They are a vast army of volunteers who give up their time to run primary schools, but in some cases they are struggling to keep up with the rapid pace of change.
More than 26,000 people serve on the boards of management of Irish primary schools.
These boards have a vast range of responsibilities including school finances, planning, buildings and admissions policy.
They also play a role in the appointment of principals and teachers.
Many boards function effectively, but in a new report the Irish Primary Principals Network warns that the current system is "outdated and inadequate''.
Sean Cottrell, director of the IPPN, said: "No expertise, experience or skill pre-requisites are required to become a board member.
"A key question is whether boards of management in their current form are fit for purpose?''
In the vast majority of schools, the chairperson of the board of management is still appointed by the local bishop.
A survey carried out by the IPPN found that 47pc of chairpersons were either Catholic parish priests or nuns, or Church of Ireland rectors.
The IPPN carried out their survey in 2007 and 2010. The number of priests and nuns running school boards is thought to have declined since then.
But the job is still in the gift of the school patron, who is the local Catholic or Church of Ireland bishop in 95pc of schools, according to the IPPN report.
Even if a priest is reluctant to chair a board his bishop may insist on it, the survey suggests.
The present structure is a legacy from a centuries-old British system where the local priest managed the school, appointing staff and maintaining buildings.
In the 1970s, Irish legislation retained local priests as chairmen, and tacked on boards, made up of parents, teachers and community representatives.
There are growing signs of resentment among school board members that the chairperson is imposed from outside.
According to the IPPN report, 45pc of principals felt chairpersons were appointed "because of their religious vocation''.
The report added: "A high proportion of board members were unhappy with the imposition of a chairperson.''
The report said many board members believed the chairpersons should be elected by boards themselves and that this would bring greater cohesion to decision-making.
The impetus for change is not just coming from liberal parents, teachers and others who want to rid schools of church control.
In recent years the Catholic church itself has shown itself to be increasingly weary of its role in education.
The IPPN report highlighted the number of clergy who found their role as chairmen of school boards as "onerous, time-consuming and distracting from their core work as priest".
Supporters of the school system's reliance on volunteers argue that it ensures that schools are grounded in their communities. But the IPPN report suggests that this does not work everywhere.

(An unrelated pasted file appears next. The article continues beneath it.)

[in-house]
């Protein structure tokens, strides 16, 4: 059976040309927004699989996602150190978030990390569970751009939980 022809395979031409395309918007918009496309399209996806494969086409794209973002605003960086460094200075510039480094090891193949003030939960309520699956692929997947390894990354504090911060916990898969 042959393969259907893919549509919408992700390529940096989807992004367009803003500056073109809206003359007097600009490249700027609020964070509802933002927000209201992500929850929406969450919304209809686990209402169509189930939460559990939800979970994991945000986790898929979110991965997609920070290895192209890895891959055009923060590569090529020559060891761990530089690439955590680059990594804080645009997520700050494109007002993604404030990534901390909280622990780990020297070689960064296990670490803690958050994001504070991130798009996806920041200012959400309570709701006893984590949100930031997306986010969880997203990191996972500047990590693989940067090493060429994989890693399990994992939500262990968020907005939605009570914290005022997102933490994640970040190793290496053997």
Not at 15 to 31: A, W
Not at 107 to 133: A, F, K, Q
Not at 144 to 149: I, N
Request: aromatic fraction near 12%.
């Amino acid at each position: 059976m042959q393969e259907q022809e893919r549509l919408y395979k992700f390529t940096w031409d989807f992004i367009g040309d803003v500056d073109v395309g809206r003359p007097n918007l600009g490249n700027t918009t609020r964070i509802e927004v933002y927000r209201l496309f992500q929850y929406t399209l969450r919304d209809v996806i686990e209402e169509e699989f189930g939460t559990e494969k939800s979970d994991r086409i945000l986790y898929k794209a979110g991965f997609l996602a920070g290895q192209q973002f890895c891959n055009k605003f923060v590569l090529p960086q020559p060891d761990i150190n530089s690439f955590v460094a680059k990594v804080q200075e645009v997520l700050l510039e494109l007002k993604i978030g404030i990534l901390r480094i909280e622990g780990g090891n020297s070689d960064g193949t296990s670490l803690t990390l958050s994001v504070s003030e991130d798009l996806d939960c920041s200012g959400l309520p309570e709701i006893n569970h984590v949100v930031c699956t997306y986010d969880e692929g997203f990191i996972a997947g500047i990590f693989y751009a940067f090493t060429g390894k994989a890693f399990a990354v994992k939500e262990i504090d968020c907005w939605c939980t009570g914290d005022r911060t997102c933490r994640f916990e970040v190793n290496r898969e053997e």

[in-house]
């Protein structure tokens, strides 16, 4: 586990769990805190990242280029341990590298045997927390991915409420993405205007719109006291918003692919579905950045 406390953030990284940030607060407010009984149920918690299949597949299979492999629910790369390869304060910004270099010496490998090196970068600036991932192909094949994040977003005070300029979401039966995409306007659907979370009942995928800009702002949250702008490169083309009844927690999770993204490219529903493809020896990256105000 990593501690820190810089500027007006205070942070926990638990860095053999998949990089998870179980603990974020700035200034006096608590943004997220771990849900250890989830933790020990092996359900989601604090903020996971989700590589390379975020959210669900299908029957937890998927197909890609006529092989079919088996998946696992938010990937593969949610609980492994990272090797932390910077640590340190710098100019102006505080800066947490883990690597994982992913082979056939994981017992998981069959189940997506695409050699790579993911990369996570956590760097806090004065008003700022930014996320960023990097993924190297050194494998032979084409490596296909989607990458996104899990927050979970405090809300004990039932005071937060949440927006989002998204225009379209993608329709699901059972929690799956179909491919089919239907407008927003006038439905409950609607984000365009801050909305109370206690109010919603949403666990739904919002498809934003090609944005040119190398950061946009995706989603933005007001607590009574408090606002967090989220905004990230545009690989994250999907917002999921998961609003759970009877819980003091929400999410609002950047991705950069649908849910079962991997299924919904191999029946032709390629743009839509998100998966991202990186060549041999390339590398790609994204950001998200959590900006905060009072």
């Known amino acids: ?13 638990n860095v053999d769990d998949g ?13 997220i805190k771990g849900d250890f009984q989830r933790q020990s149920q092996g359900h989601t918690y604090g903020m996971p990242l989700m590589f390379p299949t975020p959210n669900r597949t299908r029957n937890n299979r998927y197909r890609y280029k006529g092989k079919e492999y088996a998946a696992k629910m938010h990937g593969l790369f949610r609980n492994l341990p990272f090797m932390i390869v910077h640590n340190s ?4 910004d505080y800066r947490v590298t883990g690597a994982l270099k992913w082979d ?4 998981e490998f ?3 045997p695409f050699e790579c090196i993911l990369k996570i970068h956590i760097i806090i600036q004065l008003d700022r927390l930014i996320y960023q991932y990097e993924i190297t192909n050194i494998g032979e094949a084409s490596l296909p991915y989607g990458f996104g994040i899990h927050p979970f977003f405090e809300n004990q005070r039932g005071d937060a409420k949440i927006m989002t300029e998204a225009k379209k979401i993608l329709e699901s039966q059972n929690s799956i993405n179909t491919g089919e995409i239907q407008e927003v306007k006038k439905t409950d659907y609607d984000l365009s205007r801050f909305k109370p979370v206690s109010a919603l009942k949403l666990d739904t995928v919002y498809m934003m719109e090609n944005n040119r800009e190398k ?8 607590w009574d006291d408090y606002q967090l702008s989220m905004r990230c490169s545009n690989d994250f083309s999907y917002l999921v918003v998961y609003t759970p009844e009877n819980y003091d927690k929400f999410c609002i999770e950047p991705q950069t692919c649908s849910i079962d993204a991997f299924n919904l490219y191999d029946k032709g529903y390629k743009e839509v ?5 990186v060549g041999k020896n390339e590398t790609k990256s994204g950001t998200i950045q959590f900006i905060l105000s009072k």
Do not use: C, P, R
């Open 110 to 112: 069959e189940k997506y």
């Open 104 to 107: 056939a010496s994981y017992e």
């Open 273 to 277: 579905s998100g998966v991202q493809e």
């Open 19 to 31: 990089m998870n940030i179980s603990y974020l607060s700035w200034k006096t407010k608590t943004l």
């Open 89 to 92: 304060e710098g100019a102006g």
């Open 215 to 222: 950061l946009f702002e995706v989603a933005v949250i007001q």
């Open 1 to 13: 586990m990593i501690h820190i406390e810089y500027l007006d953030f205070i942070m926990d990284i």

The report found that one third of all primary schools, and two-thirds of schools in poorer areas, did not have anyone on the board who could act as treasurer, or offer financial advice.
Small schools, in particular, can have great difficulty in finding volunteers with suitable expertise.
The report highlights the case of one parish in the West of Ireland where there are five schools. The governing structures are extremely cumbersome, and the parish priest chairs the board of three schools.
The total number of children in the five schools was 211, representing 93 families. The management structure required the appointment of 40 board members.
In the West of Ireland parish, cited in the report, there is plenty of duplication in school administration. Schools compete to enlist community representatives with the necessary skills to run a school.
In order to combat these problems, the IPPN says smaller schools should be encouraged to pool their resources with shared governance structures.
The IPPN also wants improved training and professional expertise to be made available on a regional basis.
One chairperson, consulted for the IPPN report, said: "I have 19 years' experience working on boards of management and have not yet had one day's training for the job.''
Sean Cottrell said a revamp is needed because the rules governing schools are now a lot more complex.
He said that when boards of management were first set up back in the 1970s, primary education was largely unregulated.
"Now, some 20 pieces of legislation have a direct effect on primary schools.
"However willing and enthusiastic, is it fair to expect volunteers to take responsibility for growing levels of human resource, financial, legal, technological and construction issues that routinely cross their desks?'
"Volunteers on boards of management are expected to pick it up as they go along,'' he added.